NJ Politics Digest: Sweeney Moves on Plan to Save on Public Worker Benefits

N.J. Senate President Steve Sweeney

NJ Senate President Steve Sweeney. Office of the Attorney General / Tim Larsen

Senate President Steve Sweeney has introduced a package of bills that would reduce the costs of public worker pensions and health care among other initiatives aimed at cutting the high cost of government in the Garden State.

The move sets up a battle between the Democratic senate president and Gov. Phil Murphy, a staunch ally of public worker unions. But Sweeney has vowed to bypass Murphy and put pension and health care reform before voters in a referendum if his legislative effort fails.

The changes in Sweeney’s package of bills comes from the Path to Progress report prepared by a panel of fiscal and policy experts, Politico reports. The proposals include shifting public employees to less-expensive health care options as well as moving future employees into a hybrid retirement plan that combines pensions with 401K-style plans.

Sweeney has spent the last few months holding town hall meetings around the state to promote his plan to tax-weary residents. But the meetings have also been lightening rods for public employees, who adamantly oppose any efforts to reduce their benefits in the name of reducing one of the country’s highest property tax burdens.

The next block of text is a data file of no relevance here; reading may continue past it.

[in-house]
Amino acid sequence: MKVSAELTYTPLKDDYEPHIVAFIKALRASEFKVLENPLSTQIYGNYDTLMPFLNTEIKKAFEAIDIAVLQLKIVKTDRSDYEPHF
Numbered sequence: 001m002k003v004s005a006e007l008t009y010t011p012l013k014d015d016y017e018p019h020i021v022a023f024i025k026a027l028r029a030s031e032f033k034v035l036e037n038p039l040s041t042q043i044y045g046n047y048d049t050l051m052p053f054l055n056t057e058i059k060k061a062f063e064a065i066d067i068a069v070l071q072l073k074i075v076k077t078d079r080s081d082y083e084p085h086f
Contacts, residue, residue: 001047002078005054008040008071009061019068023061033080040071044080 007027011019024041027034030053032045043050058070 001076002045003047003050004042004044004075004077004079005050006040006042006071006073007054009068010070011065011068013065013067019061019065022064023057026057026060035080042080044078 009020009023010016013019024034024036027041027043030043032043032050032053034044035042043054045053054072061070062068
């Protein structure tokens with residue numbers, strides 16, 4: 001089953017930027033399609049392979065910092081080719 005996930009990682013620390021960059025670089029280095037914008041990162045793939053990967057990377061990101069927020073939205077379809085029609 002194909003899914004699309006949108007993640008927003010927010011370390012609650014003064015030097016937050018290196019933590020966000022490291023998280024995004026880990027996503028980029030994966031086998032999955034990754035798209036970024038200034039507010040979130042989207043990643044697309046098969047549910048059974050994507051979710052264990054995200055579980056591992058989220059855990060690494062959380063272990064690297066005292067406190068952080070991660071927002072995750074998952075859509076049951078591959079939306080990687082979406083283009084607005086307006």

Sweeney’s move also sets up what is sure to be a bitter battle with Murphy, who contends that any changes to public employee benefits should be done at the bargaining table, over the state budget.

Politico reports that while Sweeney doesn’t expect the legislature to consider all 27 bill in his plan by the June 30 budget deadline, he will push to have the measures dealing pension and benefit reforms acted on quickly.

The state must adopt a new budget by July 1 or face a government shutdown. Sweeney and Murphy are already battling over Murphy’s plan to impose a millionaires’ tax—a move Sweeney says will only drive high earners out of the state.

Murphy has tried to sweeten his proposal by tying it to the offer of a one-time infusion of $250 million for property tax relief. But the senate president has said the state must deal with spending in order to make the state more affordable and provide residents with property tax relief.

Quote of the Day: “I’ve said to people, you can shout and holler all you want. We’re going to fix New Jersey,” — Senate President Steve Sweeney, on public workers’ unions that oppose his plan to reduce state government spending.

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